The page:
Tiana grew up learning the magic, spells, and nature religion of the Cherokee. And in a tribe that revered the life force that was female, she became a Beloved Woman—priestess, warrior, healer, teacher.
A reader in Belgium sent this email message: "Thx for your great
books. I have only read the ones in Dutch. I cry when I read
TIANA, this book ain't a book, it was real, it all happened before my
eyes." (What better reaction can a writer ask for?
“A well plotted, authentically detailed historical novel...that relives the Trail of Tears, and the time that Sam Houston as a young man lived with the Cherokees, and the complex feelings between him and Tiana, the beautiful tribeswoman. Has anyone spoken for the hammock this afternoon?” -- The Baltimore Sun
“... recommend, unreservedly and with great enthusiasm, Walk in My Soul." -- Roundup Magazine*
“Her sprawling story grows naturally out of photographic descriptions of the manners, morals, humor, food and language of both whites and Cherokees.... A richly detailed, rousingly good story that portrays Native Americans with dignity.”-- Washington Post*
Or as reader Gloria Keyser put it: "Walk In My Soul!! One of my favorite books of all time!! " Heather McElyea agreed: "Walk in My Soul is my favorite book of all time." An e-,mail correspondent named Richard concurs. "Walk in My Soul was more than I can find words to praise." Thank you one and all.
Walk in My Soul
While minding his family’s store in the Tennessee settlement of Maryville, sixteen-year-old Sam Houston meets two Cherokee/Scottish brothers, James and John Rogers. On a lark he decides to return to their village with them. The three load the Rogers’ wagon and set out, but leaving town is not so easy:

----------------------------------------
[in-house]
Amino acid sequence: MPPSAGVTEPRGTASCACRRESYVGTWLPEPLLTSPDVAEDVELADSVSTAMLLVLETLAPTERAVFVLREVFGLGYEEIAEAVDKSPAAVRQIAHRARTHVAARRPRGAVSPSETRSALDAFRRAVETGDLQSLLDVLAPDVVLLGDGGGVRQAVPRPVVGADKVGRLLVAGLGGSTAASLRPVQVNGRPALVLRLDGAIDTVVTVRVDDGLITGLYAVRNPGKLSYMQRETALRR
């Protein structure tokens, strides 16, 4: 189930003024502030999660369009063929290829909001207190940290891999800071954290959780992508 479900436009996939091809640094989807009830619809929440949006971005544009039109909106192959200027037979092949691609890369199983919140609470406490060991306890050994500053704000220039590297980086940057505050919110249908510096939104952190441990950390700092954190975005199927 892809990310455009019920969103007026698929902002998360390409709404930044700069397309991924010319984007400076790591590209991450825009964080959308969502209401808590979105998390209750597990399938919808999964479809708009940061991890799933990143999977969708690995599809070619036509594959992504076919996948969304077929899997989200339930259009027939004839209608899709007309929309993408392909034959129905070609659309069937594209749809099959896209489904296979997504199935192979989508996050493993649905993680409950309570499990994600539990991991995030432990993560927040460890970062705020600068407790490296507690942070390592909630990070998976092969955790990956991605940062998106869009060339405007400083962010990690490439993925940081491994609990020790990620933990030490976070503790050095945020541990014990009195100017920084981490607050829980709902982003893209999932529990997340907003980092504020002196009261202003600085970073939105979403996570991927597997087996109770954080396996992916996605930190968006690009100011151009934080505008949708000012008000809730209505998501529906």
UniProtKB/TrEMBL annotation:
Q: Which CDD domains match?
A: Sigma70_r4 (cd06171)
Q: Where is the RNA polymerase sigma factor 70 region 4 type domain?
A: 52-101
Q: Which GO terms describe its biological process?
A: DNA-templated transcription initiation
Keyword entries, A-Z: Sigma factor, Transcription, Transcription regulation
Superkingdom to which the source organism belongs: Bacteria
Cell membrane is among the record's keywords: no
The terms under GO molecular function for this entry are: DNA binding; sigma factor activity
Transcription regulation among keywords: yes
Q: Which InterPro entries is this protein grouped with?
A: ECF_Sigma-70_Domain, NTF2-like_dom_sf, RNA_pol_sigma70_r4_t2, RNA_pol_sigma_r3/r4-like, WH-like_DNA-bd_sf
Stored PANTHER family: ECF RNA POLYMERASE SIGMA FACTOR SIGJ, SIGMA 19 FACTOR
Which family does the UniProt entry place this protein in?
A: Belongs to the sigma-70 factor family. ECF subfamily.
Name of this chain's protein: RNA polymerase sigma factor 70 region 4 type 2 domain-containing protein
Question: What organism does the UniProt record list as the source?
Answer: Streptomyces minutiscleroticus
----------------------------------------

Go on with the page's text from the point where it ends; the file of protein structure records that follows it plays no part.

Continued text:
Sam held his breath as they drew parallel to the sagging front porch of the tavern. The three boys jumped when the door slammed open, breaking one of its wooden hinges and dangling askew. A small, filthy man flew backwards through the opening. His momentum carried him, flailing for balance, off the edge of the porch and into the muddy street. He landed on his back with a splash. It was obviously the most contact he’d had with water in a long time. The sow surged to her feet with a grunt and a twitch of her kinked tail. As she walked off with an air of injured dignity, the swarm of flies around her divided, some preferring to stay with the newcomer.
The Wayside’s doorway filled with men hoping for a fight. But the man in the puddle just lay there. He stared serenely at the gray sky and swore steadily at his assailant, Dirty Dutch, a cadaverous fellow who looked down at him from the porch.
(String of expletives deleted), said the man in the puddle. (More expletives).
“Damnation!,” he muttered. He struggled to rise but the mud sucked him back to its bosom. He fell asleep, snoring in little hiccups.
Dutch swayed, steadying himself with one hand on a shifty post. His watery blue eyes, rimmed with red, focused on the wagon. He pointed a finger at Sam and his new friends.